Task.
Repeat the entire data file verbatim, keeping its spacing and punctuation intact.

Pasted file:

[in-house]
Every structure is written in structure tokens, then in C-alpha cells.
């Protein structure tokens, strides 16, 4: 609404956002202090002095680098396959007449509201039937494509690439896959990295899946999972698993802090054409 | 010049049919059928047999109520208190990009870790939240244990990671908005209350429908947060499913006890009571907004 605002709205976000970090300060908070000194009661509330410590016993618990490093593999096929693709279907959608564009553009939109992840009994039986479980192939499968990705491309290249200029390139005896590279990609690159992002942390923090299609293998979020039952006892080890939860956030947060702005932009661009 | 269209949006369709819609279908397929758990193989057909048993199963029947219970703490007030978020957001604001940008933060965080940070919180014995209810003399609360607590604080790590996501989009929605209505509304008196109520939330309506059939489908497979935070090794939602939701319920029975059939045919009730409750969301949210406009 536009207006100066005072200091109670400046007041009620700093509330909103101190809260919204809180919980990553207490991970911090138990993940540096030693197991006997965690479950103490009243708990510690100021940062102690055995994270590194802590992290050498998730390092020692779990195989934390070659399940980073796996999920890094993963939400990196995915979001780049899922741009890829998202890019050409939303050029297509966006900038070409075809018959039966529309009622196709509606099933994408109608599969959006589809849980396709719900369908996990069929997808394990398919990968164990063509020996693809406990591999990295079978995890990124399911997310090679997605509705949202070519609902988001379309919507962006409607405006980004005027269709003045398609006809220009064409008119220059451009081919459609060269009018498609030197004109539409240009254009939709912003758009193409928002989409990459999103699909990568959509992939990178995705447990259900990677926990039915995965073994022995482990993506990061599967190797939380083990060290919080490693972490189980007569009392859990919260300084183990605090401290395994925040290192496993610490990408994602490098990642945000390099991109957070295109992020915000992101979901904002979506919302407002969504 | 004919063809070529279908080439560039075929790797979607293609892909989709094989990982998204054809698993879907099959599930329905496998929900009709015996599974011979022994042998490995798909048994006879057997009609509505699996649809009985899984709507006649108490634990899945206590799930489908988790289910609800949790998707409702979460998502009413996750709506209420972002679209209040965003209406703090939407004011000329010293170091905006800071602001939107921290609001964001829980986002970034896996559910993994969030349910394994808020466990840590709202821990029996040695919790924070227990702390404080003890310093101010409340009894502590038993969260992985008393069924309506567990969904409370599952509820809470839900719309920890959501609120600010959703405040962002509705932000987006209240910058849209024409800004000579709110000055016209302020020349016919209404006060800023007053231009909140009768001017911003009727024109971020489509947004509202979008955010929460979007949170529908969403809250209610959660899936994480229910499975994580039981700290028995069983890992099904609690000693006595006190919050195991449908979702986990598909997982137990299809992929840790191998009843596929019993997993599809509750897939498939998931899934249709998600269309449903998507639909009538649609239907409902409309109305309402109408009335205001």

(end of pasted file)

[in-house]
Every structure is written in structure tokens, then in C-alpha cells.
């Protein structure tokens, strides 16, 4: 609404956002202090002095680098396959007449509201039937494509690439896959990295899946999972698993802090054409 | 010049049919059928047999109520208190990009870790939240244990990671908005209350429908947060499913006890009571907004 605002709205976000970090300060908070000194009661509330410590016993618990490093593999096929693709279907959608564009553009939109992840009994039986479980192939499968990705491309290249200029390139005896590279990609690159992002942390923090299609293998979020039952006892080890939860956030947060702005932009661009 | 269209949006369709819609279908397929758990193989057909048993199963029947219970703490007030978020957001604001940008933060965080940070919180014995209810003399609360607590604080790590996501989009929605209505509304008196109520939330309506059939489908497979935070090794939602939701319920029975059939045919009730409750969301949210406009 536009207006100066005072200091109670400046007041009620700093509330909103101190809260919204809180919980990553207490991970911090138990993940540096030693197991006997965690479950103490009243708990510690100021940062102690055995994270590194802590992290050498998730390092020692779990195989934390070659399940980073796996999920890094993963939400990196995915979001780049899922741009890829998202890019050409939303050029297509966006900038070409075809018959039966529309009622196709509606099933994408109608599969959006589809849980396709719900369908996990069929997808394990398919990968164990063509020996693809406990591999990295079978995890990124399911997310090679997605509705949202070519609902988001379309919507962006409607405006980004005027269709003045398609006809220009064409008119220059451009081919459609060269009018498609030197004109539409240009254009939709912003758009193409928002989409990459999103699909990568959509992939990178995705447990259900990677926990039915995965073994022995482990993506990061599967190797939380083990060290919080490693972490189980007569009392859990919260300084183990605090401290395994925040290192496993610490990408994602490098990642945000390099991109957070295109992020915000992101979901904002979506919302407002969504 | 004919063809070529279908080439560039075929790797979607293609892909989709094989990982998204054809698993879907099959599930329905496998929900009709015996599974011979022994042998490995798909048994006879057997009609509505699996649809009985899984709507006649108490634990899945206590799930489908988790289910609800949790998707409702979460998502009413996750709506209420972002679209209040965003209406703090939407004011000329010293170091905006800071602001939107921290609001964001829980986002970034896996559910993994969030349910394994808020466990840590709202821990029996040695919790924070227990702390404080003890310093101010409340009894502590038993969260992985008393069924309506567990969904409370599952509820809470839900719309920890959501609120600010959703405040962002509705932000987006209240910058849209024409800004000579709110000055016209302020020349016919209404006060800023007053231009909140009768001017911003009727024109971020489509947004509202979008955010929460979007949170529908969403809250209610959660899936994480229910499975994580039981700290028995069983890992099904609690000693006595006190919050195991449908979702986990598909997982137990299809992929840790191998009843596929019993997993599809509750897939498939998931899934249709998600269309449903998507639909009538649609239907409902409309109305309402109408009335205001």